4. Hosa-Belaku Says:

    @Gaby, –Good.

  5. Flatfooter Says:

    Agree with Chet. This blog is lengthy but doesn’t convey or convince anybody of anything – except a fashionable term that can be flaunted on the internet..

  6. Karihaida Says:

    Looks like a desperate attempt to spin this situation as a “liberalization”..
    What in the world is “liberalization of polity” ?
    If it is meant to convey that MMS is risking giving up power for the sake of the nuclear deal in the name of “national interest”, then its pathetic. The gov’t needed something to talk about for the next election, given the hopeless situation of the economy and their beloved aam aadmi and hence this desperate move. Afterall they have not much to loose..

    “But in achieving a perceptional shift in the minds of the middle-classes, in exorcising the ghost of the United States bang in the middle of our drawing rooms..”
    LOL. The gov’t is pushing this deal thru because of the wannabe american middle class and not the other way round, in the hope of weaning them away from BJP..

  7. Karihaida Says:

    Reducing reservation, cutting subsidies, thinning the gov’t.. now that would be true “liberalization of polity” worthy of being compared to 91′ “liberalization 1.0″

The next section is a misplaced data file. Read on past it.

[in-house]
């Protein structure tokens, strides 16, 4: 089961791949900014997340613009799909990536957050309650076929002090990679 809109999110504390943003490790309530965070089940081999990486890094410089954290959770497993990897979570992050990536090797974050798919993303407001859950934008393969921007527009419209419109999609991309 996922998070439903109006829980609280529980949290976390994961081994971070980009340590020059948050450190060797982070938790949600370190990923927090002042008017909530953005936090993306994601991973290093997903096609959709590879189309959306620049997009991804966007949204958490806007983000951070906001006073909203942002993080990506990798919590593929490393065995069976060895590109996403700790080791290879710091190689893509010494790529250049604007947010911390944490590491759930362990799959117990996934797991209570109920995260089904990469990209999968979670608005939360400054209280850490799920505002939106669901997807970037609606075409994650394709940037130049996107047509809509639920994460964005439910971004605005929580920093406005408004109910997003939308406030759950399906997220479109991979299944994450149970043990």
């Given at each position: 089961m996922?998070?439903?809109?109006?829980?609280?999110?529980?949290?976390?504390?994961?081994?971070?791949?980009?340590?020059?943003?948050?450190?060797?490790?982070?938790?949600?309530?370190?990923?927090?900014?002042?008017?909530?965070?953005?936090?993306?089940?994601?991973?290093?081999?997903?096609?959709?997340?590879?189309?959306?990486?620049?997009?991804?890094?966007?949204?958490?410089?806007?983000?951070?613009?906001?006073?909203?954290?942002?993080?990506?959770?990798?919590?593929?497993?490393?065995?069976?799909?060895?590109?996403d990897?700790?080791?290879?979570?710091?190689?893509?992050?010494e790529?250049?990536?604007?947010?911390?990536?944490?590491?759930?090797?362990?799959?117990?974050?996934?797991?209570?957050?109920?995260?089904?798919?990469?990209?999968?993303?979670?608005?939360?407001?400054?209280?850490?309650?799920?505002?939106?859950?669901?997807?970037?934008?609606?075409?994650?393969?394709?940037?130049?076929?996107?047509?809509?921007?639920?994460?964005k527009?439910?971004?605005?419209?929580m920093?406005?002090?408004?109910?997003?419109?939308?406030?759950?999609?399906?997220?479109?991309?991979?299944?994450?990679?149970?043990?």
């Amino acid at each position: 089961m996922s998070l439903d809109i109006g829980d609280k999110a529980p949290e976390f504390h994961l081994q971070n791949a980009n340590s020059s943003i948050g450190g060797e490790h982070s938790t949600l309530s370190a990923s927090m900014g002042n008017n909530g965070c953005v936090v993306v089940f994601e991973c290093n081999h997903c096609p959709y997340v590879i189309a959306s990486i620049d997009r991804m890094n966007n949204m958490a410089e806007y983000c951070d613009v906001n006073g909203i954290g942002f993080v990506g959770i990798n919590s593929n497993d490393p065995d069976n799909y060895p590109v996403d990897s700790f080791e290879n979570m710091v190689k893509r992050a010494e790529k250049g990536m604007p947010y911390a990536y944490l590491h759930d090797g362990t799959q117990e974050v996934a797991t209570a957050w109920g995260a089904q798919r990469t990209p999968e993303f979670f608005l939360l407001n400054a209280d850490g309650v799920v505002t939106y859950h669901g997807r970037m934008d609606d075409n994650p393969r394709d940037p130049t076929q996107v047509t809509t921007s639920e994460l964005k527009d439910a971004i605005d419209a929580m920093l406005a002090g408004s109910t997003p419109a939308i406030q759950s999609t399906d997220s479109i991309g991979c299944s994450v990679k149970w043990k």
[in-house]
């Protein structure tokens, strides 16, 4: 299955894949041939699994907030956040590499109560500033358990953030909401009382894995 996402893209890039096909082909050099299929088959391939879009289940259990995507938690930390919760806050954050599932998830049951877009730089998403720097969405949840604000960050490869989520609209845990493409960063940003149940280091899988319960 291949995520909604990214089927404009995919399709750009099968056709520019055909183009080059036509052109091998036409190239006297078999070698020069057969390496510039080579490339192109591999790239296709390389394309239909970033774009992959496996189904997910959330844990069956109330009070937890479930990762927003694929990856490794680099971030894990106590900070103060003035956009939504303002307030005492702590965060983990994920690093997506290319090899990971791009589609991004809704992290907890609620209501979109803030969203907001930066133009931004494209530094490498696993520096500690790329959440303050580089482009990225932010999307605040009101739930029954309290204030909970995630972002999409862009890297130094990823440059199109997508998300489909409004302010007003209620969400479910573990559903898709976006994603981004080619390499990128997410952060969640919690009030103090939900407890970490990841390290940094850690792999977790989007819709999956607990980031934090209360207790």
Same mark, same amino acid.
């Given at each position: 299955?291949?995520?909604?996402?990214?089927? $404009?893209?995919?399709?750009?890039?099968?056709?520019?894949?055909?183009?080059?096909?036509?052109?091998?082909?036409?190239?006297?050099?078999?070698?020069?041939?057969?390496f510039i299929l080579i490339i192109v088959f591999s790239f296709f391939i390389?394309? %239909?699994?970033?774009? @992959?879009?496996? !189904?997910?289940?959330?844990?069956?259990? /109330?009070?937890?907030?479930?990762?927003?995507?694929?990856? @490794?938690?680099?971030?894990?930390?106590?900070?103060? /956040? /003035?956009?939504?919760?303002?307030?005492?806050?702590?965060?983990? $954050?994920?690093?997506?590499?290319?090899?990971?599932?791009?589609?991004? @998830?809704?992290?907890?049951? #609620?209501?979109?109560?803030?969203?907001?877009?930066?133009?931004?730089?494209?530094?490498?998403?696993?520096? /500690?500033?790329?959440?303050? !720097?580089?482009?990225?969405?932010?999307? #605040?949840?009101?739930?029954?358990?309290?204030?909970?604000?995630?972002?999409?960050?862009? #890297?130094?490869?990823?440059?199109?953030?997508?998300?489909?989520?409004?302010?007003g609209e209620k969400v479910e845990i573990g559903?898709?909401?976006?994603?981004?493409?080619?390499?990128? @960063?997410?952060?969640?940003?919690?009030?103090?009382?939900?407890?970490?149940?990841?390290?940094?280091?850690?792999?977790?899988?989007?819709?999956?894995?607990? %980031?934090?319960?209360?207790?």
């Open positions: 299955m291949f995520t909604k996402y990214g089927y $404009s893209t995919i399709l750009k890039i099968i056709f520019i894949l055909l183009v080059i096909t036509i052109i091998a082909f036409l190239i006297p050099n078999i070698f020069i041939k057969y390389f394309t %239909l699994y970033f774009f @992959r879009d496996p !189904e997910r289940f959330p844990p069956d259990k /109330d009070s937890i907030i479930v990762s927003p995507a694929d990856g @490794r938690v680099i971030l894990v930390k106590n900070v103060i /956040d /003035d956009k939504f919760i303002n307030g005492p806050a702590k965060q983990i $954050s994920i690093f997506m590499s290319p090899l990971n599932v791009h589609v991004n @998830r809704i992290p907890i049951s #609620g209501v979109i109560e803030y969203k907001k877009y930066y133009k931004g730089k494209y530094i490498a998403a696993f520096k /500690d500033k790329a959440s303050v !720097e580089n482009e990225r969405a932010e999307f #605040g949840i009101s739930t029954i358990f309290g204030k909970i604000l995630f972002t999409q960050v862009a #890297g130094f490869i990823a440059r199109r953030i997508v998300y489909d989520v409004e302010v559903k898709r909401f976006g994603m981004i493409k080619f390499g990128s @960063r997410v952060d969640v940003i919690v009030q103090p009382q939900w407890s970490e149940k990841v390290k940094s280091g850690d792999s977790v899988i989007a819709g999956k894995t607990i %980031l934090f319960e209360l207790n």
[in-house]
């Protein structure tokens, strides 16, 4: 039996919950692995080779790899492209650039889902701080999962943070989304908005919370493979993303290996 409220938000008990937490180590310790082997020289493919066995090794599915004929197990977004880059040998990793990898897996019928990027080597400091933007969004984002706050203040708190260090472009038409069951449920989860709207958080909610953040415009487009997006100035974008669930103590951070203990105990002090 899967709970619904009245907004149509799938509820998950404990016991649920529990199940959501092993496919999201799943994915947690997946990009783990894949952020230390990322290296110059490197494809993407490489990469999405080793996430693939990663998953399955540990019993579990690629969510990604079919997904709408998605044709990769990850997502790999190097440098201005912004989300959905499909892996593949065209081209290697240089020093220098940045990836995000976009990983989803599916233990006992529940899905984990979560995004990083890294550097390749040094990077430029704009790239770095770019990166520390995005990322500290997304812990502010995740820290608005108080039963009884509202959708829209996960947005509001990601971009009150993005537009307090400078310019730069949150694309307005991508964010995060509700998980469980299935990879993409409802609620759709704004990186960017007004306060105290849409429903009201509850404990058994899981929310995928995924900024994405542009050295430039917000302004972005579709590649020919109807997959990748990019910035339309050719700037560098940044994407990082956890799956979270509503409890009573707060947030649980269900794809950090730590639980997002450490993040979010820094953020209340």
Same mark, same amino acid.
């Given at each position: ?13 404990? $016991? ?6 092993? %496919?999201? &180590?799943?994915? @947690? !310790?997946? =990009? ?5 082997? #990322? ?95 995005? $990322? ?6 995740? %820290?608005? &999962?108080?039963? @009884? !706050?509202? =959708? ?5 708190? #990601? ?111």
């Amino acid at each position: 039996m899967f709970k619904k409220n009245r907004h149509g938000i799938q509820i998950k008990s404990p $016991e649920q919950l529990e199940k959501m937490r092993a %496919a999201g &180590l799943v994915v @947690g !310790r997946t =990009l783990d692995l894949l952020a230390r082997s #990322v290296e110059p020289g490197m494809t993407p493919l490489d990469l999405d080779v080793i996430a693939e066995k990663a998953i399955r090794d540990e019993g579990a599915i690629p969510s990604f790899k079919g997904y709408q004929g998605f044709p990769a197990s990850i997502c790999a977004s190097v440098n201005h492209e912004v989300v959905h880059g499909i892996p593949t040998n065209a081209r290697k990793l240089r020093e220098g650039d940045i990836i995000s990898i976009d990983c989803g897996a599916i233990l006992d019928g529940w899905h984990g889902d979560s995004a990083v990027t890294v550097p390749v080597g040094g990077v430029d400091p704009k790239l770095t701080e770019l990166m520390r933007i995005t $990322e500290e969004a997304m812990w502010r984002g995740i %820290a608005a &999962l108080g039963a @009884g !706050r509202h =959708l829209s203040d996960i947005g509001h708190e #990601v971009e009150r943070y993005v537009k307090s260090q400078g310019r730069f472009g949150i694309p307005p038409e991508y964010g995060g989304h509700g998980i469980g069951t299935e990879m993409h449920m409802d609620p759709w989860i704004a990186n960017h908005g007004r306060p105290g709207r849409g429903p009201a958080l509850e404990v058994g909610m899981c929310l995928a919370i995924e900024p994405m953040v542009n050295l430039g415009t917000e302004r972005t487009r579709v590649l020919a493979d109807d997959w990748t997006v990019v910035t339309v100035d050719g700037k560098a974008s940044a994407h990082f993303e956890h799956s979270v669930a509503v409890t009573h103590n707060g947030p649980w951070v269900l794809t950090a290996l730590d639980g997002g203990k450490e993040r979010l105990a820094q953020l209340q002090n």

8. Tarlemaga Says:

    It is not liberalization of Polity. Corruption of Polity Version 2.0

    Version 1.0 carried out by Narasimha rao, where in he bought over the JMM Mp’s for crores. In version 2.0 the price value of the the MP’s have increased through so called liberablism. Liberal Corruption at its best.

    Ultimately corruption is going to mean more taxes on the Citizens in addition to invoking loans at will from IMF,World Bank and putting future citizens of this Country at high risk.

    In a Globalised World corruption is not just dictated from America, wherein the economy is in distress. Now they see the third world to follow their ideals and drown along with them.

    Now Politicians no little about self reliance of the Indian economy. Indian markets need to be insulated from Globalization. We can generate enough and more by concentrating on the supply side for both agrarian and industrial side.

    Oil shows a classic case of dependence wherein Petro-Dollar’s are resulting in us being slaves of Americans. The next to follow will be Water and AIR. They will be heavily taxed by the Govt of the future as resources dwindle and riots can take place in the third world on account of this.

  9. Tarlemaga Says:

    The side effect of Globalization has been IT Organizations in India. Infosys,Wipro,TCS the big three contributing to higher cost of living.

    Indian IT Organizations are serving only countries other than India. Their contribution towards India is limited. It has only contributed to increase in Cost of living for Citizens who are resident Indians.